The list here is not exhaustive, nor is it a supplement or replacement for proper formal training. There is no reason to do this alone and sneak your way down on to smaller and smaller wings. Seek help from a reputable canopy coach. Even better would be to get on a canopy course provided by Flight-1.

With the right methodology you can downsize safely and maximise your fun
Photo: Happy jumper under a Sabre3, by Griffin Hernandez

Downsizing Principles

The basic principle to follow is to adopt simple, measurable, logical procedures:

Never downsize more than 15% at any one time

Manufacturers of canopies are more than aware of this, which is why, when you look at what they offer for sale, the size differences usually fall within these parameters. This is a well thought-out process. They are not just random sizes, they are the result of decades of R and D.

Always consult with your Chief Instructor

They are often very busy keeping your dropzone safe, and will in most cases refer you to a reputable canopy coach to assist you. A canopy coach will talk to you, watch you land and refer back to the CI, to provide feedback to you both.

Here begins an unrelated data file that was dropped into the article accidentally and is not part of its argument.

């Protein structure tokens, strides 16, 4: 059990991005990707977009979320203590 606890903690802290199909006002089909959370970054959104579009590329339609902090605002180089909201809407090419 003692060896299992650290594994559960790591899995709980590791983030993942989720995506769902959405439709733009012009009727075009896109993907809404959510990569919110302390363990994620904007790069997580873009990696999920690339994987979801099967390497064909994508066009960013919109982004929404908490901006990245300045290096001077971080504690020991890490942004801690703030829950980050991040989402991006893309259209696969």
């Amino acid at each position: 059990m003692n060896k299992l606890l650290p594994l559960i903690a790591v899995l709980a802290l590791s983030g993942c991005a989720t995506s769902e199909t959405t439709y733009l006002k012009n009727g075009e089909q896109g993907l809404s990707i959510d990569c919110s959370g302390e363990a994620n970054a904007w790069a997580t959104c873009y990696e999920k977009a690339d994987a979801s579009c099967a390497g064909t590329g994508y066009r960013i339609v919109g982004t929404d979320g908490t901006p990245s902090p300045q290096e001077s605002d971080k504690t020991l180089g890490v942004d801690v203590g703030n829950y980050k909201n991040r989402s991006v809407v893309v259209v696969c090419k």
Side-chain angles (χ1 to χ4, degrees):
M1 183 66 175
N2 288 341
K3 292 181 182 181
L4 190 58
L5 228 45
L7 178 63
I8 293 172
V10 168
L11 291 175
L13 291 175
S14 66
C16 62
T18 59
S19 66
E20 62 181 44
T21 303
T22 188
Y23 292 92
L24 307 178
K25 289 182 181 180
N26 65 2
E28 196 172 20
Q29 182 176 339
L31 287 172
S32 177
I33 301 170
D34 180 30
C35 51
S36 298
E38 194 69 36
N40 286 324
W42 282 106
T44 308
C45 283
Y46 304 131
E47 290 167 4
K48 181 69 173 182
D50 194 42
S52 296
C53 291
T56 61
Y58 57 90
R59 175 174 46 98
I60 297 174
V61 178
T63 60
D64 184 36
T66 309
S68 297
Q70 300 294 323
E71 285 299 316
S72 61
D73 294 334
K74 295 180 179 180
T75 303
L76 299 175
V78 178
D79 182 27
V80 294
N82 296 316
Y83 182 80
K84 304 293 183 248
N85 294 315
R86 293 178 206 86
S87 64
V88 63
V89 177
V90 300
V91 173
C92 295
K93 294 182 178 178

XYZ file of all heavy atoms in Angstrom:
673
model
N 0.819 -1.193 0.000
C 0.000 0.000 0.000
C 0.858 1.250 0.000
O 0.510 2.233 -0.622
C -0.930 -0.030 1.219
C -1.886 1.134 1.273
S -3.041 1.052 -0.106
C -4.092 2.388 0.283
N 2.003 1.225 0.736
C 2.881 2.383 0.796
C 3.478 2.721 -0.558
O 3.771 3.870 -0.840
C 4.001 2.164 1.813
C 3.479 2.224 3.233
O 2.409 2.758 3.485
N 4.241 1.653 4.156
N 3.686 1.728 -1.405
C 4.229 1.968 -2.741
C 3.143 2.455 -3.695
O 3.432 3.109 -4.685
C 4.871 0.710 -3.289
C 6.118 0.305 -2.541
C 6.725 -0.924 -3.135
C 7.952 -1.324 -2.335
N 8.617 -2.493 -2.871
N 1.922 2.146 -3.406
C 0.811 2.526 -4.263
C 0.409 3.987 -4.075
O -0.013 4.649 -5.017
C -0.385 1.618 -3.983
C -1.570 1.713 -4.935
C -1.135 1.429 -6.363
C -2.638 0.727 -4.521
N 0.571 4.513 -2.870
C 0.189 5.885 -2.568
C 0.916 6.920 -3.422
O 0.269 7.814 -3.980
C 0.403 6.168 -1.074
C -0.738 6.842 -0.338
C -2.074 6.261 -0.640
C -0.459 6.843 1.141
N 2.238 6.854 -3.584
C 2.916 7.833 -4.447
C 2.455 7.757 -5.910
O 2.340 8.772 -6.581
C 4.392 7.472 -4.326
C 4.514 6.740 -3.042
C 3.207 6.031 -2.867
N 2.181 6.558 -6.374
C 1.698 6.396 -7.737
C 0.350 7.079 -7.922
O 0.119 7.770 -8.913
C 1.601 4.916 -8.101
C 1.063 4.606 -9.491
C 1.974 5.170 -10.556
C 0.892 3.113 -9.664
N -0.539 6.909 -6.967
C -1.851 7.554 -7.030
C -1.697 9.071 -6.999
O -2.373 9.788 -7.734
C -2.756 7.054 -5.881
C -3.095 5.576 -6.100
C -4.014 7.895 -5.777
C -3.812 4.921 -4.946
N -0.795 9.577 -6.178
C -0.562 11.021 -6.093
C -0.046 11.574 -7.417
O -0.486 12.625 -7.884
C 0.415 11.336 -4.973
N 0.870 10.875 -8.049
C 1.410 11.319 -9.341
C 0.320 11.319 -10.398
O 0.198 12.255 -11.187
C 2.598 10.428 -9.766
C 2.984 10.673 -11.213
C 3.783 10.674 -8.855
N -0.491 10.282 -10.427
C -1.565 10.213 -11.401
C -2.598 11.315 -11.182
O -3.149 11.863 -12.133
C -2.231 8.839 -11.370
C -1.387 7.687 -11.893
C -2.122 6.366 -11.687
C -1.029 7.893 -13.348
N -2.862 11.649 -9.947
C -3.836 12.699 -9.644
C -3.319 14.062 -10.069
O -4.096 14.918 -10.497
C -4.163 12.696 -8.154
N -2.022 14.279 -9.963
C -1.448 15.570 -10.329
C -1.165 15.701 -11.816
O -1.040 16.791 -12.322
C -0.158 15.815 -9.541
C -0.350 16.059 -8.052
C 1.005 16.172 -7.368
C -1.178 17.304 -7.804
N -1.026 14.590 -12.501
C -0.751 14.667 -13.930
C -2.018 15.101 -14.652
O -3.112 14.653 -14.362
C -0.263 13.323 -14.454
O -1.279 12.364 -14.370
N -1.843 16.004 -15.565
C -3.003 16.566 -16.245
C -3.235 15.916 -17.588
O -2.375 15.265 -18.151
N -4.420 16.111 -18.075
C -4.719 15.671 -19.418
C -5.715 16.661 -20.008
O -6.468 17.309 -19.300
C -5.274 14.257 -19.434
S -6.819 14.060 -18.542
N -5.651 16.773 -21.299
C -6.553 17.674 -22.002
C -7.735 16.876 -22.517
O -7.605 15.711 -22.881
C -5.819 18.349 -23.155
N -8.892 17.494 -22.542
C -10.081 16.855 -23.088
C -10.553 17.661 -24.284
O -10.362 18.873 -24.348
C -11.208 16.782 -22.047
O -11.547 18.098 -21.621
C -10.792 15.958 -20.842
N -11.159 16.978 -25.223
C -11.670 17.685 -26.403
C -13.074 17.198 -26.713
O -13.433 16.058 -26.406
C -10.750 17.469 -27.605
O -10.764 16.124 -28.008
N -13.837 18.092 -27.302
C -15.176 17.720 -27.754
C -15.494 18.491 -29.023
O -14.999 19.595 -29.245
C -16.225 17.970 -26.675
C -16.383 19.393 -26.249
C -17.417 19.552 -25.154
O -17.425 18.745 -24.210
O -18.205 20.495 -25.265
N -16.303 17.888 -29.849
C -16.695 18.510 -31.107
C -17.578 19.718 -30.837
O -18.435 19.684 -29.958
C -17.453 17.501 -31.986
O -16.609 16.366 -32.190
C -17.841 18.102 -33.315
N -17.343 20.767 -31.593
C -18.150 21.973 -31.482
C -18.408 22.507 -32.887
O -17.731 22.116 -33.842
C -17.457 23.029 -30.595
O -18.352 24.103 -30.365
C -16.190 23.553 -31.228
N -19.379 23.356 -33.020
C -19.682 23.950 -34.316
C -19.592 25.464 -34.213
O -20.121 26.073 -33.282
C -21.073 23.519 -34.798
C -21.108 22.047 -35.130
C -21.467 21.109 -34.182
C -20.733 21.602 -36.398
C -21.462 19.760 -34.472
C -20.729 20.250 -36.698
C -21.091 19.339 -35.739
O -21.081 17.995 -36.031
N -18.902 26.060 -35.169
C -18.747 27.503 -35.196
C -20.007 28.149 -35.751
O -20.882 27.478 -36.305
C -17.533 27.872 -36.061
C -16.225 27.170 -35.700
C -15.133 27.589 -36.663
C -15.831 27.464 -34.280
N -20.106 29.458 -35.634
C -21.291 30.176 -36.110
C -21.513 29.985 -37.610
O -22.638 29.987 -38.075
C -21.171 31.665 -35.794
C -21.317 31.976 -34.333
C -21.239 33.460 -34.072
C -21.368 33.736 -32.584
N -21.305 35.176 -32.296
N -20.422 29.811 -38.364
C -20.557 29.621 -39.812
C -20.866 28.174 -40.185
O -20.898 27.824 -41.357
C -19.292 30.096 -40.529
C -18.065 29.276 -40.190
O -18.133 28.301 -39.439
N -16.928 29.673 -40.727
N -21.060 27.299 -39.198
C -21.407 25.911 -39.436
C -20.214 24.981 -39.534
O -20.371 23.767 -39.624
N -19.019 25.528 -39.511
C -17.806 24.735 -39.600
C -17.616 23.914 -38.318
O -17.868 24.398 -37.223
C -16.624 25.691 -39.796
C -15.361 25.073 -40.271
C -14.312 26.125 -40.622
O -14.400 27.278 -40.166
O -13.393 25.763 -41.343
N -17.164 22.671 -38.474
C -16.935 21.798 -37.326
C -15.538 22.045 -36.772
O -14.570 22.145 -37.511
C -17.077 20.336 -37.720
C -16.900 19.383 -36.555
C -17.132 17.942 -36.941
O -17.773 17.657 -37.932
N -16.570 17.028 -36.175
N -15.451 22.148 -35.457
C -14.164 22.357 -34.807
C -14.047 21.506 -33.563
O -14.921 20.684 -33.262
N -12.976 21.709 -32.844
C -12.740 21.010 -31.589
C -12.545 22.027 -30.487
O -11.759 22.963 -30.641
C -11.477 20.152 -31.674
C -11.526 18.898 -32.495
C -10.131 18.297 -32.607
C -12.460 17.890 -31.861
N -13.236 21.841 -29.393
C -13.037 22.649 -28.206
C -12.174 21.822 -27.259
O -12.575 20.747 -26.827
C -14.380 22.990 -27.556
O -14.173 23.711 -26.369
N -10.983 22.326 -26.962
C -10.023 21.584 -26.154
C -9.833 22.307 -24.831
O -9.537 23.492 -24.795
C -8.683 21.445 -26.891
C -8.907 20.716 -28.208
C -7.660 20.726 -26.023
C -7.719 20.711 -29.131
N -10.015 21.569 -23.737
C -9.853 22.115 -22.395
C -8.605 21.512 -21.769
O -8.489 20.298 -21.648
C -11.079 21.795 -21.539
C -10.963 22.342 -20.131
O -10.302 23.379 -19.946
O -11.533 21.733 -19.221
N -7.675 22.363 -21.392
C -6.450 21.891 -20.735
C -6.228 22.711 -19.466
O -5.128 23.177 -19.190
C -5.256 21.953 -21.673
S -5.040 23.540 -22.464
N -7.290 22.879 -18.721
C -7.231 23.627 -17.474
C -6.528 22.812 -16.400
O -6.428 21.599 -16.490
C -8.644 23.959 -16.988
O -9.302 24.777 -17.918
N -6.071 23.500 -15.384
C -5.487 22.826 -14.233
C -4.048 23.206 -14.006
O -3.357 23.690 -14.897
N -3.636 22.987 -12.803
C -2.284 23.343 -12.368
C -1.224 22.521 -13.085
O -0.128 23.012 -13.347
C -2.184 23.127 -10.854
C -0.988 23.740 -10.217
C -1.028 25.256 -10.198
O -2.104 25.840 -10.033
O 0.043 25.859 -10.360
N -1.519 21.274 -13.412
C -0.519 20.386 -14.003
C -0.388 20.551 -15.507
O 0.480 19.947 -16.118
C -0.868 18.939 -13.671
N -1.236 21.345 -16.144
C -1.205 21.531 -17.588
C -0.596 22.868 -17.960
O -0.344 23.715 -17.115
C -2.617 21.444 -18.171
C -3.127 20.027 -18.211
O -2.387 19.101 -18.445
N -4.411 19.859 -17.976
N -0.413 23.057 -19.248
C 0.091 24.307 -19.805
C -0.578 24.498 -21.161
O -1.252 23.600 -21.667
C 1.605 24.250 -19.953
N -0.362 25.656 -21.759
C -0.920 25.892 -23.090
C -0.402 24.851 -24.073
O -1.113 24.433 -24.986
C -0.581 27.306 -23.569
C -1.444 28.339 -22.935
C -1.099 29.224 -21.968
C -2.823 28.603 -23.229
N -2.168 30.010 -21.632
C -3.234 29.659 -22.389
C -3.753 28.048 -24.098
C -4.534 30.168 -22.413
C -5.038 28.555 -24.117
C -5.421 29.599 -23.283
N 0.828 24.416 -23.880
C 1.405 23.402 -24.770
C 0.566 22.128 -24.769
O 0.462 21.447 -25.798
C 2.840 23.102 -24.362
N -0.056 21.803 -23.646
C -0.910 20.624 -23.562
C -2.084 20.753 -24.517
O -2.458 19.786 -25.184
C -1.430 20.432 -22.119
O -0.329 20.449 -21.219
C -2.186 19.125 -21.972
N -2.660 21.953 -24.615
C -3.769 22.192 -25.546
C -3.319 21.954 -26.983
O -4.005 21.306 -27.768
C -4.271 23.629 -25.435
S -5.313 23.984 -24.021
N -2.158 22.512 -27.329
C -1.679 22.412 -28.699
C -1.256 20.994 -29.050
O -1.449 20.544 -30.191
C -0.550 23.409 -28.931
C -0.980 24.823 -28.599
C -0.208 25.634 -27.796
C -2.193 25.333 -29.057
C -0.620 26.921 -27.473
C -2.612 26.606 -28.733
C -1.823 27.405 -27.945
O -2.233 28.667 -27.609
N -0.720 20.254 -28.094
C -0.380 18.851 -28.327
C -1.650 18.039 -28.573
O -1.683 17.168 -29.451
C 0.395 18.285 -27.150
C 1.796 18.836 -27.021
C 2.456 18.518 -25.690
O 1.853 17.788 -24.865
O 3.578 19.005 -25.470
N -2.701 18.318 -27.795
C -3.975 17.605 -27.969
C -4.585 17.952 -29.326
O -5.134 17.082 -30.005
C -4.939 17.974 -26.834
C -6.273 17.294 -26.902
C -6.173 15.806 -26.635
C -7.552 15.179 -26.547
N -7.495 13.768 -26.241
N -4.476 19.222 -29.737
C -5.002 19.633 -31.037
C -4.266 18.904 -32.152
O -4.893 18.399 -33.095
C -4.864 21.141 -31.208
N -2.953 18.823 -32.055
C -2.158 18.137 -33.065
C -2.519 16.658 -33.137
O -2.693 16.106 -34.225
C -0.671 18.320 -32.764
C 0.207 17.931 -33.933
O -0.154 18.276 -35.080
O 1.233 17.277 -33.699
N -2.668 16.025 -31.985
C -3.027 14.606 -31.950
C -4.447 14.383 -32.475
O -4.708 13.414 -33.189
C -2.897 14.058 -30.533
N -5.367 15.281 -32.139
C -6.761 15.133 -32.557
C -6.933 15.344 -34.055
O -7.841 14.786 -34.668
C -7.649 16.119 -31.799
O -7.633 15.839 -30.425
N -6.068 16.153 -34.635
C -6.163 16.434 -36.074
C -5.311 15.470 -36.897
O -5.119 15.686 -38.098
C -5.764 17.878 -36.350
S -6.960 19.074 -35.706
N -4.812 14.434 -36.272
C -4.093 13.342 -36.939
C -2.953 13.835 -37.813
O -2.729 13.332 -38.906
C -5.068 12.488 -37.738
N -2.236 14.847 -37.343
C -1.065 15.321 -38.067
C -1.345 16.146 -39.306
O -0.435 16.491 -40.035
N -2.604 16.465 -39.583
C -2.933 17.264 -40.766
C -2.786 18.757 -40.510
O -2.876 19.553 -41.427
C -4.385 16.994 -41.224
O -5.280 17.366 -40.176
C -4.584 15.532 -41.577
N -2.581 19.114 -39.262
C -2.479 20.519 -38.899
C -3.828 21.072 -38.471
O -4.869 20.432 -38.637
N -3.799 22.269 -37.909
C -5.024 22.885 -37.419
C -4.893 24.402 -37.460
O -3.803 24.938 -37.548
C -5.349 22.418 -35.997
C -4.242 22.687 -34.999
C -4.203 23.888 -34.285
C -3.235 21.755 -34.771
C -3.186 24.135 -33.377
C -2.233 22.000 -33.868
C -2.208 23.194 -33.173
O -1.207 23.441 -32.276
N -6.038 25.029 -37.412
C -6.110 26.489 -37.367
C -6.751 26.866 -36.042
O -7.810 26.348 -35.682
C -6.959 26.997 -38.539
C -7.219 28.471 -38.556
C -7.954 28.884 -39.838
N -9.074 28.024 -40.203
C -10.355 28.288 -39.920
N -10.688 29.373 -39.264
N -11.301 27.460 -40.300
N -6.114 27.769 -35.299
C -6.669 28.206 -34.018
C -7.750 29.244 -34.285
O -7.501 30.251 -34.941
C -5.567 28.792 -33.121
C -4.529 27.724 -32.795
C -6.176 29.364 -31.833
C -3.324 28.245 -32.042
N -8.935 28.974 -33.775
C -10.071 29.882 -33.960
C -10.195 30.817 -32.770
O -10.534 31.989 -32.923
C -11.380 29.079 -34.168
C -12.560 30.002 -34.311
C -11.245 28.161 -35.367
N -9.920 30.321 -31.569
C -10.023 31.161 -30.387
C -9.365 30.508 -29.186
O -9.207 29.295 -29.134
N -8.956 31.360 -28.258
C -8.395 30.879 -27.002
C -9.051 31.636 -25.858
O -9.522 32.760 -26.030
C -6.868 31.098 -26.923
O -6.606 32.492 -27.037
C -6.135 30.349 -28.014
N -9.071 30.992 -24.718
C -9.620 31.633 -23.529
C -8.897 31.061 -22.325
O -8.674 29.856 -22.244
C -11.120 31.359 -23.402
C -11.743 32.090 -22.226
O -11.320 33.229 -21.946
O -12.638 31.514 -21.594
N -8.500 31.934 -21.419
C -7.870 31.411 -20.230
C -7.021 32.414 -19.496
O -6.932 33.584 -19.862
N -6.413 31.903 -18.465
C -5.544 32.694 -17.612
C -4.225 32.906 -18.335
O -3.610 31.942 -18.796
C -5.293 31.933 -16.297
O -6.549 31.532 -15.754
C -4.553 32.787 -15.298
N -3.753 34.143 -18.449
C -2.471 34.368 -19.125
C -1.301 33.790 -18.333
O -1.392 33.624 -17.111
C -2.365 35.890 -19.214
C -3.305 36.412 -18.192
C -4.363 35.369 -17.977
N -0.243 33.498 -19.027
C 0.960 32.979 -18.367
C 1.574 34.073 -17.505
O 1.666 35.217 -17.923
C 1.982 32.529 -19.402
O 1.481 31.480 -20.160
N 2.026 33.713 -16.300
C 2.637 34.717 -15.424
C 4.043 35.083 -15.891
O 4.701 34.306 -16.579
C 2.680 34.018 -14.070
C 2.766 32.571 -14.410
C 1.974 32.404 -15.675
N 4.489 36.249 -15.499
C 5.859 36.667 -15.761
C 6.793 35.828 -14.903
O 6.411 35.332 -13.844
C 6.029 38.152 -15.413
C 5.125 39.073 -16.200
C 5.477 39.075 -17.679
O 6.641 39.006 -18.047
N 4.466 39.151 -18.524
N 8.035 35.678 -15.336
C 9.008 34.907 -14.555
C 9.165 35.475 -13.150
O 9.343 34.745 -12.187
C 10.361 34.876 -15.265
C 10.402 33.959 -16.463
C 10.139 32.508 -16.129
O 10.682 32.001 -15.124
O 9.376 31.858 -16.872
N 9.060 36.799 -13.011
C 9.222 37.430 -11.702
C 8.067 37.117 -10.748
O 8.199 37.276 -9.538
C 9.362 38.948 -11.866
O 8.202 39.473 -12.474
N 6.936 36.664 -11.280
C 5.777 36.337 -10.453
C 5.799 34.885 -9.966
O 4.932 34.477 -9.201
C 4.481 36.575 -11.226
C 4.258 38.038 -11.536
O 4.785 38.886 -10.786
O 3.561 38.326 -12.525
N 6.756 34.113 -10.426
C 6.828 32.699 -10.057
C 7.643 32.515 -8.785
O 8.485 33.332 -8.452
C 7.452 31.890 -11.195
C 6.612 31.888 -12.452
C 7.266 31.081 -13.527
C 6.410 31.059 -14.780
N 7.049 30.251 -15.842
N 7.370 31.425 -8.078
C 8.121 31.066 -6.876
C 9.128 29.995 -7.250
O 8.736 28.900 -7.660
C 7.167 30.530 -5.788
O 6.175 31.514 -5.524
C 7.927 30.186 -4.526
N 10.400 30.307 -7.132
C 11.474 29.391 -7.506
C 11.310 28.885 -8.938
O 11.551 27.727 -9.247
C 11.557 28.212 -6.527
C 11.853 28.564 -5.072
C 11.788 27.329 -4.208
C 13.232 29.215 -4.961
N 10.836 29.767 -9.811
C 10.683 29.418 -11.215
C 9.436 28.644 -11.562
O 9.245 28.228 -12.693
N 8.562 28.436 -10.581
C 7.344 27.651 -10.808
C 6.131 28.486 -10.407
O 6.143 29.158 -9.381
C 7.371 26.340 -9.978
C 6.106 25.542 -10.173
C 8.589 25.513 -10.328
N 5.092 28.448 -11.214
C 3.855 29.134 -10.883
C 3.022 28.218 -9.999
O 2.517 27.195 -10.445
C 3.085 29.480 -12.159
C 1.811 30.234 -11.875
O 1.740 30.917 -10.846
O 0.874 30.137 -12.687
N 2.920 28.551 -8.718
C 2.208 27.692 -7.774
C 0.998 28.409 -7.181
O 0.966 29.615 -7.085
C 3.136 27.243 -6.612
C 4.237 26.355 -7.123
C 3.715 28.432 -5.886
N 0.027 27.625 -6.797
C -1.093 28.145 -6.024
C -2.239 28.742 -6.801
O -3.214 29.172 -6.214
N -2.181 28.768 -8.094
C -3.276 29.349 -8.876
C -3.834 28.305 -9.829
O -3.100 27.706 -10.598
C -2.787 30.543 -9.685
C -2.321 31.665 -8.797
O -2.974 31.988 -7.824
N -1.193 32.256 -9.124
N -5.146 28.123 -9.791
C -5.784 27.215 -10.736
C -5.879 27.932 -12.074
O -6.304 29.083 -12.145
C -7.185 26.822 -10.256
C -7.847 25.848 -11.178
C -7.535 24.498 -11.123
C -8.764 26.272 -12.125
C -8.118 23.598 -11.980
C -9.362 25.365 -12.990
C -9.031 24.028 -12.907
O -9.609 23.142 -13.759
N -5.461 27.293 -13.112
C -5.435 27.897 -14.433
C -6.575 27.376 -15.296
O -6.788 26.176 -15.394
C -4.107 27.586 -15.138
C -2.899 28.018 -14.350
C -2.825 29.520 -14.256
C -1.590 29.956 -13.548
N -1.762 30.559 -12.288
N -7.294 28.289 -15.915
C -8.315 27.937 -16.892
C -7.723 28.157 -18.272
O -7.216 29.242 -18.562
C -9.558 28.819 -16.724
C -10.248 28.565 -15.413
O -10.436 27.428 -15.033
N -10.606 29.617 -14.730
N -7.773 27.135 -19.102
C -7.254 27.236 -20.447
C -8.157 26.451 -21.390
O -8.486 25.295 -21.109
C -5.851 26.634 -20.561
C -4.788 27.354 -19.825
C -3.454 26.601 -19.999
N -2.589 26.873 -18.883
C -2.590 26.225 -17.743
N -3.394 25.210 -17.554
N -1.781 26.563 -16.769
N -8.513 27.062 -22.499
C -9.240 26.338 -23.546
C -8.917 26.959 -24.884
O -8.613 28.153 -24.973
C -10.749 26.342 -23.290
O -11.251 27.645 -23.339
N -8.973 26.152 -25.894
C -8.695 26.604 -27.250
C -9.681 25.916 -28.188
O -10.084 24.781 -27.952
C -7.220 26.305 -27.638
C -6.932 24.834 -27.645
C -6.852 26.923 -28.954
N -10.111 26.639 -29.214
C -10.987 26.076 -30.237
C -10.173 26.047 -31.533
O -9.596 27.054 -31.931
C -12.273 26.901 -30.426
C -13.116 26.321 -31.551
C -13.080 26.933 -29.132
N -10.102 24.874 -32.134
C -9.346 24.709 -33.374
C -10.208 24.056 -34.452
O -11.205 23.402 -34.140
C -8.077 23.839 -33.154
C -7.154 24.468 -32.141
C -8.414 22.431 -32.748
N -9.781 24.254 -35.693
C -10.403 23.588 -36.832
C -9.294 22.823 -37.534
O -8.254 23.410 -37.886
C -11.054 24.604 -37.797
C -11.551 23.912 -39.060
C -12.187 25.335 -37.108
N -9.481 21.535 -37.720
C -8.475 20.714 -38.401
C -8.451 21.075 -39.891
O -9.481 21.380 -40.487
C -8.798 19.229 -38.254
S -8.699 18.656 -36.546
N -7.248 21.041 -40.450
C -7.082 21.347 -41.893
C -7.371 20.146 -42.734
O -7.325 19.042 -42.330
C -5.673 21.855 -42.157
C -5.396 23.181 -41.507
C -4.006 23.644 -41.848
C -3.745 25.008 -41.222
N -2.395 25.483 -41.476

Can you land in all conditions?
Photo: Michael McGowan

Can you land in all conditions?

By that I mean, are you happy and confident to land in strong winds, nil winds, or crosswind and downwind approaches? I have asked this question to many canopy pilots over the years and nearly everyone says, ‘Yes’! To that end I will ask them to prove it, ‘show me in your logbook when you completed those exercises’, the room usually falls silent.

Landing in medium or high winds is fairly common to us. Do you know the feeling of nil wind landings on those awesome summer days when you arrive at the DZ and the windsock is hanging limp and the landings feel seriously fast… unnervingly so for some?! Perhaps you sit it out and wait for a “bit of wind” before you go jumping.

Crosswind and downwind landings start to present some pretty serious challenges for us. By design the complexity and nature of our flight plans have to change, so we are now talking about dedicated jumps with just you hopping and popping.

It doesn’t end there either, you also need to consult with your Chief Instructor again and make sure they are happy with this. Can you imagine on a busy Saturday full of tandems, AFF and club jumpers asking your CI if you can make a downwind or crosswind landing?! So how and when you made those jumps, I always question in depth and look for logbook endorsements rather than hearing that you “WOULD BE HAPPY TO” make a downwind or crosswind landing. ‘Would be happy to’ or ‘HAVE DONE’ – the two are poles apart.